Archive for February, 2012

image is everything

February 28, 2012

Apple’s proprietary software as a bell and whistle for a Veblen good. Speaking of that, iPad 3 will be coming out soon! ZOMG!!

three suggestions for Rovio to build their fan base

February 1, 2012

A promising statement from Mikael Hed at Rovio.

We took something from the music industry, which was to stop treating the customers as users, and start treating them as fans. [...] If we lose that fanbase, our business is done, but if we can grow that fanbase, our business will grow.

I have three suggestions for steps Rovio could take to build their fan base.

One: Release the game engine as copylefted free software. This would allow the free software community to hack and innovate on the engine yet require the community to give those improvements back to Rovio. This could lead to a better engine and even if it doesn’t, it will surely draw more people to the game (the headline itself would be huge, let alone the practical interest it would generate). Rovio would still be free to release their own proprietary version of the engine if they made innovations they didn’t want to share. Further, they could sell exceptions to the copyleft requirements if third parties wanted to use the engine in another application and release it as proprietary software.

Two: Apply a CC BY-NC license to the game’s skins and related artwork with proactive demands for attribution. The Non-Commercial restriction would work well alongside restrictive trademarks to protect certain revenue streams. If someone tried to sell products (e.g. other game versions or stuffed toys) that used the copyrighted works without permission, Rovio could take legal action but fans would be free to remix and display the artwork for non-commercial purposes. This could lead to Angry Birds artwork being seen by more people and therefore, generate more interest in the game. This is not to say that Rovio is actively pursuing fans who do amateur remixing, but why not explicitly promote it by changing the copyright terms?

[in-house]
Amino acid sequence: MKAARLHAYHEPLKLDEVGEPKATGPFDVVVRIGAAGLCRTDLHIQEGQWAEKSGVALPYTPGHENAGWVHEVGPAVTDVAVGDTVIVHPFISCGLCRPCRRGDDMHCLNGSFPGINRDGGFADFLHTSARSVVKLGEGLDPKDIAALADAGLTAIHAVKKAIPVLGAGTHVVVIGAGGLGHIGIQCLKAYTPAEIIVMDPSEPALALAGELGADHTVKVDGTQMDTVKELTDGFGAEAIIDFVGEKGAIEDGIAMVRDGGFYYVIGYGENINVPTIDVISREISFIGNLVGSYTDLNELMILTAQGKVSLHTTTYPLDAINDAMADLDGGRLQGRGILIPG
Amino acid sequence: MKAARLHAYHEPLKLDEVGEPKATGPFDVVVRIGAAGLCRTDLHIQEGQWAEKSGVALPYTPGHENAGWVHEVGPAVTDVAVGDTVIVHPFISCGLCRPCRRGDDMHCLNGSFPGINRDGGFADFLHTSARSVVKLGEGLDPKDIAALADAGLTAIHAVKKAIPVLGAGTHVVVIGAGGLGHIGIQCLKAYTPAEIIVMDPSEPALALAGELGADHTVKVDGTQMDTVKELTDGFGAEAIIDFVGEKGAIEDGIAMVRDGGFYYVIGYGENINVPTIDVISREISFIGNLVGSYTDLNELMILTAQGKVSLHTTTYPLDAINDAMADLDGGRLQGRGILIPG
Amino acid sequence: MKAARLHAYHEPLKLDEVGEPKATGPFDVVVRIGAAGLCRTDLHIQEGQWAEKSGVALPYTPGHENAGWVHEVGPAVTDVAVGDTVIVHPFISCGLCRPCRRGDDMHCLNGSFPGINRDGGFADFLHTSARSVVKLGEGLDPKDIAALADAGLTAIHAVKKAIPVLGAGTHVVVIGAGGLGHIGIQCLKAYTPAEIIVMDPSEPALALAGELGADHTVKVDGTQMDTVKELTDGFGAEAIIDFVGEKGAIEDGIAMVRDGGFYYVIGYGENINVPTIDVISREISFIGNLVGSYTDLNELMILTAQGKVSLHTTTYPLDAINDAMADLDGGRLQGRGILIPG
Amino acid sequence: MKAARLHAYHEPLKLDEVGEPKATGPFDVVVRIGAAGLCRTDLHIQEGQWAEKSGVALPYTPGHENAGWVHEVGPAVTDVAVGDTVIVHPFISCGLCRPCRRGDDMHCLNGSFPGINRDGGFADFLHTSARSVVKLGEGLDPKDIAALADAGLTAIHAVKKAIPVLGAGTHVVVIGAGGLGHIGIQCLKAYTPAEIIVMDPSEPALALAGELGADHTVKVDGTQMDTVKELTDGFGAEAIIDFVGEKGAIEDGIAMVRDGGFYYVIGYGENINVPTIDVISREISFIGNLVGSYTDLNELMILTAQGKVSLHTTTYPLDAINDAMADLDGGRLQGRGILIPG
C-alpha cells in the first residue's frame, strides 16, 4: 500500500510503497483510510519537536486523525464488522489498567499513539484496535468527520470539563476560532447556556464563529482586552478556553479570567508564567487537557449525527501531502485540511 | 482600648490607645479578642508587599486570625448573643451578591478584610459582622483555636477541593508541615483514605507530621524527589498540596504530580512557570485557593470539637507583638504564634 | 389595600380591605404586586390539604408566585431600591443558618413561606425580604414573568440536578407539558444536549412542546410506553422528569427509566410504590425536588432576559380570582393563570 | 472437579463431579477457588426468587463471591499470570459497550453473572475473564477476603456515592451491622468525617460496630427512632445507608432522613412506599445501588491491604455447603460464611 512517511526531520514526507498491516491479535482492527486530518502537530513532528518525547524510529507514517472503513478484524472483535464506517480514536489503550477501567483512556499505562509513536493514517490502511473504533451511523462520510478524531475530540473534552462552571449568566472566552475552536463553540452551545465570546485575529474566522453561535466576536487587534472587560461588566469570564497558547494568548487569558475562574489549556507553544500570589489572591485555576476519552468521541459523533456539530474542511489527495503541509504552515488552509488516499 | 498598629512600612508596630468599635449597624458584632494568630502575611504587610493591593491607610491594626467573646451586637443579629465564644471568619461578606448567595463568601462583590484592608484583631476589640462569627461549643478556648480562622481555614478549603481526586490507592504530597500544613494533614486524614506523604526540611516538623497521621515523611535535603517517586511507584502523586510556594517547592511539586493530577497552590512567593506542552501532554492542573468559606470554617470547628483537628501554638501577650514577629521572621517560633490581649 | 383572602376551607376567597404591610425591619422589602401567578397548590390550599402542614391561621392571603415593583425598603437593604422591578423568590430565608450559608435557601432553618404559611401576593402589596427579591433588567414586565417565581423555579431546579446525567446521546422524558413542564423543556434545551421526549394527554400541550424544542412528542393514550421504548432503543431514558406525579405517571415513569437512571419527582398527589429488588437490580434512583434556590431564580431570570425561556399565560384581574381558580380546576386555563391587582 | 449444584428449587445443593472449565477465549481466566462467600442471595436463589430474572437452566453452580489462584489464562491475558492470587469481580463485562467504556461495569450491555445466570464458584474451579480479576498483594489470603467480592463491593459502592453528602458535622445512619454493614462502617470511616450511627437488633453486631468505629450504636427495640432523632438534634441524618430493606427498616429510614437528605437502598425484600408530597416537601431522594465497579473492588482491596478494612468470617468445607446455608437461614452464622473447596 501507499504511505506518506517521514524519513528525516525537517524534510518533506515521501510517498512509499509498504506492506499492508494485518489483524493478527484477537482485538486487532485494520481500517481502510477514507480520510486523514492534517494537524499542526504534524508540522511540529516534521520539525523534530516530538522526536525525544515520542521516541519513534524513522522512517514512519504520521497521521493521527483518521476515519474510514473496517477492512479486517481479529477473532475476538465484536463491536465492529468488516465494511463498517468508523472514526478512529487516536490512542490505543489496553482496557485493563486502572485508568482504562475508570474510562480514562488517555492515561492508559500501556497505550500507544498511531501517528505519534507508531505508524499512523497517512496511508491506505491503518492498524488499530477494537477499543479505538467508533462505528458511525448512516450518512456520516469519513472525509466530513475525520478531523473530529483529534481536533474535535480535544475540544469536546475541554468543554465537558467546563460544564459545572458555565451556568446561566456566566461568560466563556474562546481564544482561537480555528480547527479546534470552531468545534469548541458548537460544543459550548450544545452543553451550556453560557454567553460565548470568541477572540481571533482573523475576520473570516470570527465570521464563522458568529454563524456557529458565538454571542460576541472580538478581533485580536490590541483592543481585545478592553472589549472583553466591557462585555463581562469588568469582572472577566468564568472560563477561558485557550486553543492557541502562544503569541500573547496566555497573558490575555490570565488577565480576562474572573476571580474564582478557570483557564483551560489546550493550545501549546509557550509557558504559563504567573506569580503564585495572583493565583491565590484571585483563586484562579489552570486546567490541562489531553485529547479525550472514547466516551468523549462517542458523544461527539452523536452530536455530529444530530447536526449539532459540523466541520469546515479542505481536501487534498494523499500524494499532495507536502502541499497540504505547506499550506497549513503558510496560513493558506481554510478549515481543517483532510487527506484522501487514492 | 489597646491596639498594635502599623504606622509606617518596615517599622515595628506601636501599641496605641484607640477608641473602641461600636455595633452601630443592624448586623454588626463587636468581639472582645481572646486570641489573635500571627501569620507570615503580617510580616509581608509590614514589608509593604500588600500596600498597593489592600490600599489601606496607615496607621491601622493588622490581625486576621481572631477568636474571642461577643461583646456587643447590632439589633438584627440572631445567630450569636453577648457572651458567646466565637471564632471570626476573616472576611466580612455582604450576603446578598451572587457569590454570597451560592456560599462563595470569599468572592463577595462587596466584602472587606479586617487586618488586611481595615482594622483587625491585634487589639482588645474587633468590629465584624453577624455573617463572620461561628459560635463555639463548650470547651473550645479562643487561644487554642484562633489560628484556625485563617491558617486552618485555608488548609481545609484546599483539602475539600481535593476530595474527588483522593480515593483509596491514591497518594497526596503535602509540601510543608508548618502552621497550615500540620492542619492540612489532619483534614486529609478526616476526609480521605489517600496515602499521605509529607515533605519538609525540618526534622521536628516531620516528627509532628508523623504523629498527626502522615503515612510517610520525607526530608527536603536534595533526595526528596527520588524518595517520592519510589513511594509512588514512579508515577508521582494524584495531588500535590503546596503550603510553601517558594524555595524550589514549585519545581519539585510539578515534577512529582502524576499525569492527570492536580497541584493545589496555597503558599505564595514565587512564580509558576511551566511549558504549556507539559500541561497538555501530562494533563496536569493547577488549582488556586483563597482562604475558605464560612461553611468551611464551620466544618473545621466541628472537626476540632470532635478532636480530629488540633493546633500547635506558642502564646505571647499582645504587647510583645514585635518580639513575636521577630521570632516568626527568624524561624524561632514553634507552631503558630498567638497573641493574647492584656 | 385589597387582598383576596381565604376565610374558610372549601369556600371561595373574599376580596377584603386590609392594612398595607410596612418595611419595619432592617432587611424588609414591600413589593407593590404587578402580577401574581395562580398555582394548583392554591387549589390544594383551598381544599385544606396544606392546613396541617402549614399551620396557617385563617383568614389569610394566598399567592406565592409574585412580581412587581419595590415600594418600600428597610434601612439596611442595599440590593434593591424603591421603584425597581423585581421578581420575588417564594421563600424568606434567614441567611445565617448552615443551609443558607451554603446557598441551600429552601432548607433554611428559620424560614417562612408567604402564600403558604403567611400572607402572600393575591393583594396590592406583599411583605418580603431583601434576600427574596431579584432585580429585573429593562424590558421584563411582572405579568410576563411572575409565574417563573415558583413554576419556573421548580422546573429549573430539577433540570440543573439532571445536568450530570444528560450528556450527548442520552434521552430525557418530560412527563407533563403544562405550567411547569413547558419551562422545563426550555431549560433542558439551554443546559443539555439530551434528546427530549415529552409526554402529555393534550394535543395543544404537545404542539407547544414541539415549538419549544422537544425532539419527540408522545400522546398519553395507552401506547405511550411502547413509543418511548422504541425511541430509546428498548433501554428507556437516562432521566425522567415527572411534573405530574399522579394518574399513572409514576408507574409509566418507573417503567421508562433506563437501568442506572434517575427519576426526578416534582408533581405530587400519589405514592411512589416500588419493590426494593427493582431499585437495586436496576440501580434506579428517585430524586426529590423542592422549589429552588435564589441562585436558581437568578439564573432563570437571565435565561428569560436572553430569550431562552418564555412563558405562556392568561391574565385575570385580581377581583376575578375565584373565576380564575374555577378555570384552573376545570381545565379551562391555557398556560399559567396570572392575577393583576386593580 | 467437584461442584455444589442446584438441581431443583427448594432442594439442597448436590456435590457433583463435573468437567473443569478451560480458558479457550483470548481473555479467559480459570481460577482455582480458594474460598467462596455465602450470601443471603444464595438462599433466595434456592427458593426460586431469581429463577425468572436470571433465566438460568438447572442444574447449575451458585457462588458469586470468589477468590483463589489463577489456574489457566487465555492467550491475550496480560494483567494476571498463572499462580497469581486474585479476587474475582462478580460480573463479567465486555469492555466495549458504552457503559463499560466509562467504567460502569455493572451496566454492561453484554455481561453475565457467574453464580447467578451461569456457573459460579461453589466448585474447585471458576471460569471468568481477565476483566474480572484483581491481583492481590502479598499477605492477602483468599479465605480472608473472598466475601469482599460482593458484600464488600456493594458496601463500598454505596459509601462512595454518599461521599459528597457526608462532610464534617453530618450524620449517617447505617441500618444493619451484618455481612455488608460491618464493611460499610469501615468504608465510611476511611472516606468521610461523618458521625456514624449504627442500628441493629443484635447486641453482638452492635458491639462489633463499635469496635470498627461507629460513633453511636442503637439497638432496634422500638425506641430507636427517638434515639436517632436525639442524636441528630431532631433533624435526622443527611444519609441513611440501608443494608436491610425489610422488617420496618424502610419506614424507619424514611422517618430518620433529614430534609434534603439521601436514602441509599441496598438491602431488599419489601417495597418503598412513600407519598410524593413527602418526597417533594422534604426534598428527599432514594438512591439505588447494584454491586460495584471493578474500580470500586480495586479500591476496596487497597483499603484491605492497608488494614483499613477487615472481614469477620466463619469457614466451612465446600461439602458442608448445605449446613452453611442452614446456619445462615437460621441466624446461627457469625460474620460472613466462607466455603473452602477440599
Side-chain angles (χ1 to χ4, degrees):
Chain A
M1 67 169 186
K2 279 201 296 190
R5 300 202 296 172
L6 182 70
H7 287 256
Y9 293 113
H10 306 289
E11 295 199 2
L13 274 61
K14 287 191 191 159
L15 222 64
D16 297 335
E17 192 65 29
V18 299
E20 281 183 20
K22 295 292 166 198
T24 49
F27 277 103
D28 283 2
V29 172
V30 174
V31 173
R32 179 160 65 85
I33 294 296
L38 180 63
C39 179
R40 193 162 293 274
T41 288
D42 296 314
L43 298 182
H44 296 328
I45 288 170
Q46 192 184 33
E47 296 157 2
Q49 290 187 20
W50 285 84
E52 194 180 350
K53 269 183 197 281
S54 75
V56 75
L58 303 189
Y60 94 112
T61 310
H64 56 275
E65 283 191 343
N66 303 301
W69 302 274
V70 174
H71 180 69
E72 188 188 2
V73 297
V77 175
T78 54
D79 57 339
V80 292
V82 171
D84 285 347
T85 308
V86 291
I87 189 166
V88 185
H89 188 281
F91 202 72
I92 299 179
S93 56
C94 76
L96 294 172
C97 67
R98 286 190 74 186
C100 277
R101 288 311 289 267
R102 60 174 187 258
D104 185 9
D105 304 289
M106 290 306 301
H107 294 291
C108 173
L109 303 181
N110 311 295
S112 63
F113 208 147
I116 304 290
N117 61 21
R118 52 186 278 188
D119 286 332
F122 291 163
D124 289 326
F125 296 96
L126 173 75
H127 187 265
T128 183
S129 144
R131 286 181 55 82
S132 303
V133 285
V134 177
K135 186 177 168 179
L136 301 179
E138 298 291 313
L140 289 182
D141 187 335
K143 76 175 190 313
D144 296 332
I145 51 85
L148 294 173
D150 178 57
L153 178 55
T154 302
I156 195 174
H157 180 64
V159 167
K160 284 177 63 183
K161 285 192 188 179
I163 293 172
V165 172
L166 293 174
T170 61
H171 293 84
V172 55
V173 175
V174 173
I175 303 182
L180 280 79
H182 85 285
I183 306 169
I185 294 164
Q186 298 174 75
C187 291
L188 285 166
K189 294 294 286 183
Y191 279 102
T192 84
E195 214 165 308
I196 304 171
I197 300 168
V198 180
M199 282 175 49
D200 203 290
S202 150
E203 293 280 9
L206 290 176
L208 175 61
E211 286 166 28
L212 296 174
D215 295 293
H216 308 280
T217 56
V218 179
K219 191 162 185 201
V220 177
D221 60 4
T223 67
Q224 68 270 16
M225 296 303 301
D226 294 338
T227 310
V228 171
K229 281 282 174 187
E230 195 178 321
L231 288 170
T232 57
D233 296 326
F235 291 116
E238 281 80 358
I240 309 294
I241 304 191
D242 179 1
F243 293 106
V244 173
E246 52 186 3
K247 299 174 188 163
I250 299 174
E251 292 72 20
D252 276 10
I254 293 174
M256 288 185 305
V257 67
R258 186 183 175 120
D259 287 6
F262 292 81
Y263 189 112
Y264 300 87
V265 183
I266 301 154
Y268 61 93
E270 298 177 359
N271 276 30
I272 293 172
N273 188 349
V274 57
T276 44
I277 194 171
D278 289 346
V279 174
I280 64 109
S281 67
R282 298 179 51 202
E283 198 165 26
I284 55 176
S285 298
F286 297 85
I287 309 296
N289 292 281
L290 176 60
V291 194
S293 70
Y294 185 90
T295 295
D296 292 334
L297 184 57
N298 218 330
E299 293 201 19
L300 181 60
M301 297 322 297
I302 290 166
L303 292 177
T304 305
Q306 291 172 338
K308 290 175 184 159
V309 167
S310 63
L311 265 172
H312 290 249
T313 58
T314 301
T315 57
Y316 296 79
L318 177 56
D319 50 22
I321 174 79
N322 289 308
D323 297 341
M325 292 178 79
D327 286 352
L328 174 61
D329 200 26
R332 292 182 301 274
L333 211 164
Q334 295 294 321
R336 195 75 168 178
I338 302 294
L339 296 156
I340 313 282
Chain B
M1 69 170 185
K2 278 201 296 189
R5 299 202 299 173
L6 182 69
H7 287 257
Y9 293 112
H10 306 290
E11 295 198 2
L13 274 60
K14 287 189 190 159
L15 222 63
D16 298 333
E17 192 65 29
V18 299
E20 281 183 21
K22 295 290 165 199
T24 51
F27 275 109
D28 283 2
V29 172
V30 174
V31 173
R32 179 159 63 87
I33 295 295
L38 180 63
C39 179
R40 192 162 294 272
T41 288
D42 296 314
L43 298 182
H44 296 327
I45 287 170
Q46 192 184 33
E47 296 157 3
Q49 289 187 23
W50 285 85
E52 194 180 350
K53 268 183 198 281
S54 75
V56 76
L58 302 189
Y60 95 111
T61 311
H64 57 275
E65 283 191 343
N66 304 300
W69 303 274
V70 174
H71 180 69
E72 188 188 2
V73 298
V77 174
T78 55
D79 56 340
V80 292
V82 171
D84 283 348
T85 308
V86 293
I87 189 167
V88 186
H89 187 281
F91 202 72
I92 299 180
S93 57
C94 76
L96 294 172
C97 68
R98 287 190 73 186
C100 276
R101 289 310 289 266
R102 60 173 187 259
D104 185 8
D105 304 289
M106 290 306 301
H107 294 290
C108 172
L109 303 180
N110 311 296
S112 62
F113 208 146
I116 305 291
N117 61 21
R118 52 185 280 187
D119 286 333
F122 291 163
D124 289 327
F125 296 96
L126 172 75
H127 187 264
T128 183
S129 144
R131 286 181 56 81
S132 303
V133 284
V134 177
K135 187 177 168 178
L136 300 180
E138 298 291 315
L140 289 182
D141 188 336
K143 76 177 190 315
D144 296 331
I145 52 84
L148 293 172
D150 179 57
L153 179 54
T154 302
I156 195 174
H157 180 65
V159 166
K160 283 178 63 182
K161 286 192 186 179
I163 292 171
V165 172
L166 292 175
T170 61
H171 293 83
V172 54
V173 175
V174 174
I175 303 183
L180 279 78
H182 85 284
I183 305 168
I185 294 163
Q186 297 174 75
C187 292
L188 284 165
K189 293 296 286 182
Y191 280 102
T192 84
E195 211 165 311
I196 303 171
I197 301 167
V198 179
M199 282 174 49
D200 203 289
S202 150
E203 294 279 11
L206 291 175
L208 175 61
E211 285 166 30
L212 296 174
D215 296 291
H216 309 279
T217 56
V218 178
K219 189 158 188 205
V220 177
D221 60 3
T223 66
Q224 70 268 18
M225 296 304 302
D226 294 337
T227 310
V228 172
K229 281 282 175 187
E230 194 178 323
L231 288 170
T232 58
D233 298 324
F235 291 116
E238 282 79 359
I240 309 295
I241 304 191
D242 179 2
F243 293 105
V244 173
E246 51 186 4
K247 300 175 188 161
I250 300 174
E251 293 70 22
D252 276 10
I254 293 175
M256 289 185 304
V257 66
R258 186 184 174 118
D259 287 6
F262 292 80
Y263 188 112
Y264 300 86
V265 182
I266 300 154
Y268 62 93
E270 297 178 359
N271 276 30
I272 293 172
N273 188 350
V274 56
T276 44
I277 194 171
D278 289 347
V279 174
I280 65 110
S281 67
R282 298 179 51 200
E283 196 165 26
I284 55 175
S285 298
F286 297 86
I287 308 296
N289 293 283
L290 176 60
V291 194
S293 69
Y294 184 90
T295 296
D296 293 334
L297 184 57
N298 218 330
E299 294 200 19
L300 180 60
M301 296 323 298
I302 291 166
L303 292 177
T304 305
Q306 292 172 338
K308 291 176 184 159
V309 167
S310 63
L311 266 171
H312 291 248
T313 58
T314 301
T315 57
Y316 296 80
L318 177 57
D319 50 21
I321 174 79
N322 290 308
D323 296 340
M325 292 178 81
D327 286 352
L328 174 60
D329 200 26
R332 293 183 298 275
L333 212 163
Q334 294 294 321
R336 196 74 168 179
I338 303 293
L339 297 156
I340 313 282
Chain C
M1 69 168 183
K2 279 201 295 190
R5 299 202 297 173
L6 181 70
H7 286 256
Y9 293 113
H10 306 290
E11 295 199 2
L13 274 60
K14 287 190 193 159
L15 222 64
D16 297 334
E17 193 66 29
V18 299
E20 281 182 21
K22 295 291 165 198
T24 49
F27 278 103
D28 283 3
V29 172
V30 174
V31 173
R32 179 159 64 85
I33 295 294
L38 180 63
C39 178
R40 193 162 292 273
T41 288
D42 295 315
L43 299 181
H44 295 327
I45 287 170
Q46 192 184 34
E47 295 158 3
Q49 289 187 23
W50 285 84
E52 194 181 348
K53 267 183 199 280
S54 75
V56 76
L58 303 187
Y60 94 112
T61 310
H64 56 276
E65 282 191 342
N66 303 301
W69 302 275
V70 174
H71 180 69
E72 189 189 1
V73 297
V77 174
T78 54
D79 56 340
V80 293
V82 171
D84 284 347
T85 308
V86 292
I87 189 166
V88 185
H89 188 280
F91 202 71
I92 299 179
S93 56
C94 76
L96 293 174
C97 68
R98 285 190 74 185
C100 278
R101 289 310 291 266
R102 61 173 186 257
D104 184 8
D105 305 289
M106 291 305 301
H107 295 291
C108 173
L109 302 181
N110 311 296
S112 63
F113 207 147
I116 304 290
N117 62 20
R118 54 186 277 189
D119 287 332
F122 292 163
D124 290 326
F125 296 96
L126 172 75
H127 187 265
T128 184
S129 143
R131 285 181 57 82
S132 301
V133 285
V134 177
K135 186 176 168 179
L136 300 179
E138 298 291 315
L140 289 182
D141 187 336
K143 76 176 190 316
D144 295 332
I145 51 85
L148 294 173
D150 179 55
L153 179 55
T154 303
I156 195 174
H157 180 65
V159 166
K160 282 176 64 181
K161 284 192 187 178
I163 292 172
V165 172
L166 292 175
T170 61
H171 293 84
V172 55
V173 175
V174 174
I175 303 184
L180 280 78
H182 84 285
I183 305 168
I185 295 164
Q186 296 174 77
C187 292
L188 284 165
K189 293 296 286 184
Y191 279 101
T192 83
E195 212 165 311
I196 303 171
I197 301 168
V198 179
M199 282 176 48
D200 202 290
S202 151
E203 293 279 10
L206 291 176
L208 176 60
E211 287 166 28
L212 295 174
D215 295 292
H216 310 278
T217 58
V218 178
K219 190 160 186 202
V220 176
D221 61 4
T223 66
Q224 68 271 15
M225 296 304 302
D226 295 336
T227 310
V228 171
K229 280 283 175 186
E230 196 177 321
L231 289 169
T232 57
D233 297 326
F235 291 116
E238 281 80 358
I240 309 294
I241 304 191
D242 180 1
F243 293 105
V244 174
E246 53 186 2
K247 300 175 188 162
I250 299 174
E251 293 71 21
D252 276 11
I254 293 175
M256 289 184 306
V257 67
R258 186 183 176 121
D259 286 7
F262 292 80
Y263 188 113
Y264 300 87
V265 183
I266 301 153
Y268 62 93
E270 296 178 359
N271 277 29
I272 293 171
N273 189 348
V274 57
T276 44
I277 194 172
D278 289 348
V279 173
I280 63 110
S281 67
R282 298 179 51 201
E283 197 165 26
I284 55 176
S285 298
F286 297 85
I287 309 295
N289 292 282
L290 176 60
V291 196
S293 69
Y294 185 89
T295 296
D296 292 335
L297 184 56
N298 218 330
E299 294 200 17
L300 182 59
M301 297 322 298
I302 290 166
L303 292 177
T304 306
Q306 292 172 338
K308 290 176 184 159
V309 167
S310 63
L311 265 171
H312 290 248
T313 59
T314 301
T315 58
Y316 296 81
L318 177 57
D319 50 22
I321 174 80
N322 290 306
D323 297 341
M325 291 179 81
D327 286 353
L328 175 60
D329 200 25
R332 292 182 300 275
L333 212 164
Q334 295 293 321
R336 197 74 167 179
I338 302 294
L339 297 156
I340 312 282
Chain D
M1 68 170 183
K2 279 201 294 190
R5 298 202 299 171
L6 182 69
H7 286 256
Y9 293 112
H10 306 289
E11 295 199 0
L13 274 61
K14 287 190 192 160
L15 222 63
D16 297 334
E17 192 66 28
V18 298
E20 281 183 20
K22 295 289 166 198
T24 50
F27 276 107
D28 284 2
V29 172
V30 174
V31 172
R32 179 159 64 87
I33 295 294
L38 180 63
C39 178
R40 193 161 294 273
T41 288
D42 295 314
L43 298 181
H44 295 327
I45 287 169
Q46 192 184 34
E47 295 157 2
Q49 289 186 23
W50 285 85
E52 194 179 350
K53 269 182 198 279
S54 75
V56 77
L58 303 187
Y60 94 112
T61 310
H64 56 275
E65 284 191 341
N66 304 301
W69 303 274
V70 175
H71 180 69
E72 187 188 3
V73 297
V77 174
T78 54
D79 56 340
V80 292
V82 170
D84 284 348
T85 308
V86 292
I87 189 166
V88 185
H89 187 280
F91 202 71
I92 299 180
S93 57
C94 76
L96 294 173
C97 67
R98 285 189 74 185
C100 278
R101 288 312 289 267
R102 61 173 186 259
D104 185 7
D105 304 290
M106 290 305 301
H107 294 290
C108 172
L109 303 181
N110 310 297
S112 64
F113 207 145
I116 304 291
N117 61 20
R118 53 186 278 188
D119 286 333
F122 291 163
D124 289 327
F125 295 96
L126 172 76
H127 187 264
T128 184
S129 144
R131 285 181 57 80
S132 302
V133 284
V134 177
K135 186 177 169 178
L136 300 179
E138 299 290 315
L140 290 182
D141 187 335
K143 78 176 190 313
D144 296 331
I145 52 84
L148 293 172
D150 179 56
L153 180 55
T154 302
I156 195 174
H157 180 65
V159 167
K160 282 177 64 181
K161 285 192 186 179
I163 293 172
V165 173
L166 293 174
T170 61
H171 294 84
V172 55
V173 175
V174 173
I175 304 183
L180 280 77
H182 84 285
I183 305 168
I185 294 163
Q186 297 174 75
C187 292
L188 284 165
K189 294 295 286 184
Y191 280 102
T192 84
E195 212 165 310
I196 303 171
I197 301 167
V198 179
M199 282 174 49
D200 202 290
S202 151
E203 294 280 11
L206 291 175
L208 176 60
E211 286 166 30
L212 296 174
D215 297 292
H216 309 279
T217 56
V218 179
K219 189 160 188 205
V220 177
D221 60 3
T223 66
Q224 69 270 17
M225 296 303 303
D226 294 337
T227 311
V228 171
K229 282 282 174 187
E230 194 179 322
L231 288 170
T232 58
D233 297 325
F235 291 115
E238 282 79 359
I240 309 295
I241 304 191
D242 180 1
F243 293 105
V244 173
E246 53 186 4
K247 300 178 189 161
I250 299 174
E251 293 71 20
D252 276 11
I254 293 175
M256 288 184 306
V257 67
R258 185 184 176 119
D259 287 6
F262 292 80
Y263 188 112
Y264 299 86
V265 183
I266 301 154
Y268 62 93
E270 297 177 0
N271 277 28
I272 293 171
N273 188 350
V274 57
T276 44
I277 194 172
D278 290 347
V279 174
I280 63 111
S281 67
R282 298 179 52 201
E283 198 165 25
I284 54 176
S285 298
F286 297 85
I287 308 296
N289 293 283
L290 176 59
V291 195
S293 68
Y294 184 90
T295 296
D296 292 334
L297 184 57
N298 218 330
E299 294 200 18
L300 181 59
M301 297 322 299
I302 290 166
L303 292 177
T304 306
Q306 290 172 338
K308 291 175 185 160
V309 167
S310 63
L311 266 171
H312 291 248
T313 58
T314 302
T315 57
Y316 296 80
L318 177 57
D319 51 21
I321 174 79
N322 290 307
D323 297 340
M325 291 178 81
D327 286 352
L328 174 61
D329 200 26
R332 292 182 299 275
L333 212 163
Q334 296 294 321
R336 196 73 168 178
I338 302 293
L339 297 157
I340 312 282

Three: Authorize/endorse an official version of Angry Birds built by fans. Encourage fans to use the above openness to build new levels. Hold a contest and pick the top levels that make it into Angry Birds Fanatics. Also, a contest could also be held to develop new birds. Again, a contest where Rovio determines the best fan-made bird that makes it into the official version. Such steps would surely generate an even larger fan base.

Any other ideas?


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